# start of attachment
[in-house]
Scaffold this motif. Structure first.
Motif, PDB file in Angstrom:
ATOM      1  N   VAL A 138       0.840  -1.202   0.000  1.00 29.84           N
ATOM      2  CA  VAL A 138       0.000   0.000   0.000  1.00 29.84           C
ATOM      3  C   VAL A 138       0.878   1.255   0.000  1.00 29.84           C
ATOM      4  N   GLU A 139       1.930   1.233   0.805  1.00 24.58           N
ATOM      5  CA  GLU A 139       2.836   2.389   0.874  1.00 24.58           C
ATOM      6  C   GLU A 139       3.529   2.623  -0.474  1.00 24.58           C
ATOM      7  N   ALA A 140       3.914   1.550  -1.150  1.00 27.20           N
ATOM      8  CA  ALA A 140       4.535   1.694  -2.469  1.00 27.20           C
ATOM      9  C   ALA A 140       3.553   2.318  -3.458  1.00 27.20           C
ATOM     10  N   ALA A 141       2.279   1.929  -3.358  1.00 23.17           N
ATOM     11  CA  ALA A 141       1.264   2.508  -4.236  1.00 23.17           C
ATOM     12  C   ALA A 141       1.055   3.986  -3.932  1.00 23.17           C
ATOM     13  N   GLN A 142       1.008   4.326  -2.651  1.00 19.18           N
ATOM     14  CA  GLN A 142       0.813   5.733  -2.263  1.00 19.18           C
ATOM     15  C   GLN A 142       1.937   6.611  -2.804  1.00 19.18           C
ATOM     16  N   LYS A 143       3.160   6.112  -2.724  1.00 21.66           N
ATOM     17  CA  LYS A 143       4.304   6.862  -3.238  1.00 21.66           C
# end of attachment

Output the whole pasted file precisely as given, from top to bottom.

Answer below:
[in-house]
Scaffold this motif. Structure first.
Motif, PDB file in Angstrom:
ATOM      1  N   VAL A 138       0.840  -1.202   0.000  1.00 29.84           N
ATOM      2  CA  VAL A 138       0.000   0.000   0.000  1.00 29.84           C
ATOM      3  C   VAL A 138       0.878   1.255   0.000  1.00 29.84           C
ATOM      4  N   GLU A 139       1.930   1.233   0.805  1.00 24.58           N
ATOM      5  CA  GLU A 139       2.836   2.389   0.874  1.00 24.58           C
ATOM      6  C   GLU A 139       3.529   2.623  -0.474  1.00 24.58           C
ATOM      7  N   ALA A 140       3.914   1.550  -1.150  1.00 27.20           N
ATOM      8  CA  ALA A 140       4.535   1.694  -2.469  1.00 27.20           C
ATOM      9  C   ALA A 140       3.553   2.318  -3.458  1.00 27.20           C
ATOM     10  N   ALA A 141       2.279   1.929  -3.358  1.00 23.17           N
ATOM     11  CA  ALA A 141       1.264   2.508  -4.236  1.00 23.17           C
ATOM     12  C   ALA A 141       1.055   3.986  -3.932  1.00 23.17           C
ATOM     13  N   GLN A 142       1.008   4.326  -2.651  1.00 19.18           N
ATOM     14  CA  GLN A 142       0.813   5.733  -2.263  1.00 19.18           C
ATOM     15  C   GLN A 142       1.937   6.611  -2.804  1.00 19.18           C
ATOM     16  N   LYS A 143       3.160   6.112  -2.724  1.00 21.66           N
ATOM     17  CA  LYS A 143       4.304   6.862  -3.238  1.00 21.66           C